Expectation is the most powerful APP

Laura, mother of Zia, 3, alerted me that there’s an APP  for kids to do chores. It’s basically an electronic reward system. I’m against all reward systems and paying kids for chores, unless you want to guarantee:

1. You will go bankrupt, unless you get them to pay for what you do for them;
2. They will always have to be paid/rewarded for anything they do;
3. They only work for extrinsic motivation and do not develop authentic intrinsic motivation;
4. They work for the lowest motivation for humans of all ages: money; and
5. Get more hooked on electronics running their lives.

The company’s goal is to sell more APPS. They get a star for creativity. Like all reward and praise systems, I guarantee this one will lose its shine over time.
The best way to motivate children to contribute around the house is to expect them to do so, do it with them, and enjoy the time and effort spent together. I have many happy memories of doing dishes with my siblings and my four children: raking leaves, cleaning the garage and more. Yes, they were chores. We had teamwork. I learned self-discipline, a characteristic that I use every day when working, eating, exercising and living.

Here’s what Laura says about her daughter and chores with my comments in brackets. Laura read my book.

She loves to do them and does not think of them as ‘chores’ [What’s wrong with calling it what it is?] She helps clean the table for dinner ever night and helps mommy with the shopping with her own little list made by me. She also helps me make parts of the meals by dumping and pouring. [Fantastic way to engage little kids in cooking, keep them busy while waiting for dinner and avoid screen time. Every family can benefit from this practice.] She helps set the table with a place mat I made for her. She helps with cat-care and loves to brush my very gentle cat and it’s her job to do it on Monday, Wednesday and Friday. She helps feed the cats by putting out their bowls after dinner time.”

I congratulate Laura for expecting Zia to do chores. This is the most powerful way to get kids to do anything. Laura also has:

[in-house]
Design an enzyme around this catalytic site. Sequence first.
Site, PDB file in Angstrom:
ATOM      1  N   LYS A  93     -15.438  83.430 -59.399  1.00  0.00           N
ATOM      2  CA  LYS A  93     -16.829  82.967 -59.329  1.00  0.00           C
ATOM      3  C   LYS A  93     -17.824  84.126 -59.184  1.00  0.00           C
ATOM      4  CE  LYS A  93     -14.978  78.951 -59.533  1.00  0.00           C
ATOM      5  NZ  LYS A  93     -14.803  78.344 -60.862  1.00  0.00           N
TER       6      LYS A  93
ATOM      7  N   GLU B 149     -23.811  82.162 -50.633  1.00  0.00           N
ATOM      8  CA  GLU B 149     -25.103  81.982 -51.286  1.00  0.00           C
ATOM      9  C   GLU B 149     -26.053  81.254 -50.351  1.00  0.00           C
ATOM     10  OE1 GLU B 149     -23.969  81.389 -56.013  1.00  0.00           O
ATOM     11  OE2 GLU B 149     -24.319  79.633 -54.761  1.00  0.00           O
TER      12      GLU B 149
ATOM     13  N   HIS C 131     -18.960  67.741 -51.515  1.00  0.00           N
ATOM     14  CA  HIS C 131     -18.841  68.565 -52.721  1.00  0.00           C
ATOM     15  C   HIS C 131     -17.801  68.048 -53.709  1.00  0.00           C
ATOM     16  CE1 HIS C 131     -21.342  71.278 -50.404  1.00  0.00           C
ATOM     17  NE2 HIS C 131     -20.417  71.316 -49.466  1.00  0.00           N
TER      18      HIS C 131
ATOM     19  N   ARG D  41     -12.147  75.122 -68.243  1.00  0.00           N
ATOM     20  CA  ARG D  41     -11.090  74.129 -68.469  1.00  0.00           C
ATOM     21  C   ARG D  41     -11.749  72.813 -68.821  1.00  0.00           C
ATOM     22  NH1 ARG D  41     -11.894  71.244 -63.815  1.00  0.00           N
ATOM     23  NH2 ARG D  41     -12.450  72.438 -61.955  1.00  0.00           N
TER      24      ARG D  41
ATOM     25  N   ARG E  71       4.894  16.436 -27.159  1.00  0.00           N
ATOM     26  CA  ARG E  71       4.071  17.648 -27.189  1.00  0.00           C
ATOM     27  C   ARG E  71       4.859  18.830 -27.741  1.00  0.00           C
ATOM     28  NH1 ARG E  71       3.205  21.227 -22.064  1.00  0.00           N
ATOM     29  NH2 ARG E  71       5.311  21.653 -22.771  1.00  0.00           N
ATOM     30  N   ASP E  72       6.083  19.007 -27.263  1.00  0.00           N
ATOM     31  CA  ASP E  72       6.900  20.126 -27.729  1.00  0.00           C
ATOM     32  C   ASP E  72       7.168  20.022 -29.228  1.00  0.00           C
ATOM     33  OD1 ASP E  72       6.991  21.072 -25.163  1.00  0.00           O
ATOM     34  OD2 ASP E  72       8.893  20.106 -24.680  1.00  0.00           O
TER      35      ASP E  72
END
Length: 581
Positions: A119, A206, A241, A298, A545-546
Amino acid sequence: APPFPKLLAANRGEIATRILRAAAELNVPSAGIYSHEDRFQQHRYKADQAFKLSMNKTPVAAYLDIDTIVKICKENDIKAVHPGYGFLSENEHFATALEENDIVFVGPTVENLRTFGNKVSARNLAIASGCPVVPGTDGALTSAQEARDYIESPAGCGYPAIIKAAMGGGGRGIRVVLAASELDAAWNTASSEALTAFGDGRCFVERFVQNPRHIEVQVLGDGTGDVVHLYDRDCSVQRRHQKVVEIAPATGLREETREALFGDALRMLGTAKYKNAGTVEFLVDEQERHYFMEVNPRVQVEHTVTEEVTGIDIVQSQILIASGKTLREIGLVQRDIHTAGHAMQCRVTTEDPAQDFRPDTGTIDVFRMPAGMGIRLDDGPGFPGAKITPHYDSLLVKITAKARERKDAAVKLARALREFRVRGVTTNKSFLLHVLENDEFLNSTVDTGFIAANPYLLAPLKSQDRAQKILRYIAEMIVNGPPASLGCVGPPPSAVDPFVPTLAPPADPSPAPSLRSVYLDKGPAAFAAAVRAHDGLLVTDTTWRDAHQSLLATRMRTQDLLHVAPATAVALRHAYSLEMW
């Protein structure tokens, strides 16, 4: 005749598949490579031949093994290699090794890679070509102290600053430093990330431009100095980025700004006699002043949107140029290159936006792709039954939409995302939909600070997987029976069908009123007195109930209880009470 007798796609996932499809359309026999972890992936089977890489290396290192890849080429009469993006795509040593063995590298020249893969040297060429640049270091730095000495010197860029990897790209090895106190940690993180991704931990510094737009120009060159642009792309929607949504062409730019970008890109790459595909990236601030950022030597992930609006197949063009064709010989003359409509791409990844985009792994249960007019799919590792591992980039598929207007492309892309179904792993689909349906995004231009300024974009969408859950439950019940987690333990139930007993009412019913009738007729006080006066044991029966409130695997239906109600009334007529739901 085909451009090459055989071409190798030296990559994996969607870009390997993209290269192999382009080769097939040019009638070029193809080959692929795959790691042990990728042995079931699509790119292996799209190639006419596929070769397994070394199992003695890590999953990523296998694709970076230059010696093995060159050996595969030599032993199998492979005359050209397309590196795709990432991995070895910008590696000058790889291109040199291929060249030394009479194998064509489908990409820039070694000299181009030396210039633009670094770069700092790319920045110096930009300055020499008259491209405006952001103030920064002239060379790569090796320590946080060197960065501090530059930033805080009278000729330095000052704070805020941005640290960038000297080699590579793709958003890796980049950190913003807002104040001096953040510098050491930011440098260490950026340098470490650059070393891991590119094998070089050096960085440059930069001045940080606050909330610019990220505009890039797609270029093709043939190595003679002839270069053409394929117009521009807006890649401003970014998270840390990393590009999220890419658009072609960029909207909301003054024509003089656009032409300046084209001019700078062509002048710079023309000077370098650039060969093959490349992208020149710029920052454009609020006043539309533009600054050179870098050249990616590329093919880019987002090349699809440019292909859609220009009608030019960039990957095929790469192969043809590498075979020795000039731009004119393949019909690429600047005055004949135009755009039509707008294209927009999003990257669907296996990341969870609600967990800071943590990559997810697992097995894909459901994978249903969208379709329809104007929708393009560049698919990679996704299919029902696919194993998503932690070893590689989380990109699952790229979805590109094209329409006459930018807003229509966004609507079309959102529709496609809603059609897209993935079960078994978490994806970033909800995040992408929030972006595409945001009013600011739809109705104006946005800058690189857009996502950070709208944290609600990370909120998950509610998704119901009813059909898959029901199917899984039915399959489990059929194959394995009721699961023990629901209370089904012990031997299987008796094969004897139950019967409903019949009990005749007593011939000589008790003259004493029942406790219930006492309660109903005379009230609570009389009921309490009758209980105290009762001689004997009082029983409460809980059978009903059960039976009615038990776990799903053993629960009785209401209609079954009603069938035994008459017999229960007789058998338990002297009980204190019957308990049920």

1. Started early. Research shows when kids start chores by age 4, they do better at age 24 when compared to non-chore doing peers.
2. Included Zia in the family work and doing it together. This makes it fun for the child, teaches skills and self-discipline, and nurtures her self-esteem because her contributions count.
3. Connected with Zia through chores. A strong parent-child connection is the best way to prevent entitlement, keep kids off drugs & alcohol, and encourage them to make good decisions as they mature, so when they become teens and they’re 60 miles away, going 60 miles an hour – in your car, they will make good decisions. They will be wearing a seatbelt, going the speed limit, sober, where they said they’d be with friends you know and like, making good decisions about sexuality with a condom in their pocket, with you installed in their conscience.

Chores are worth the investment of time and energy, even though less than 20 percent of kids have to do them. Take the time to have a family meeting today and ask your kids what they want to do, then help them do it regularly.

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Explore posts in the same categories: 60-60 theory, empowerment, Encouragement, Entitlement, expect, Family meetings, motivation, self esteem

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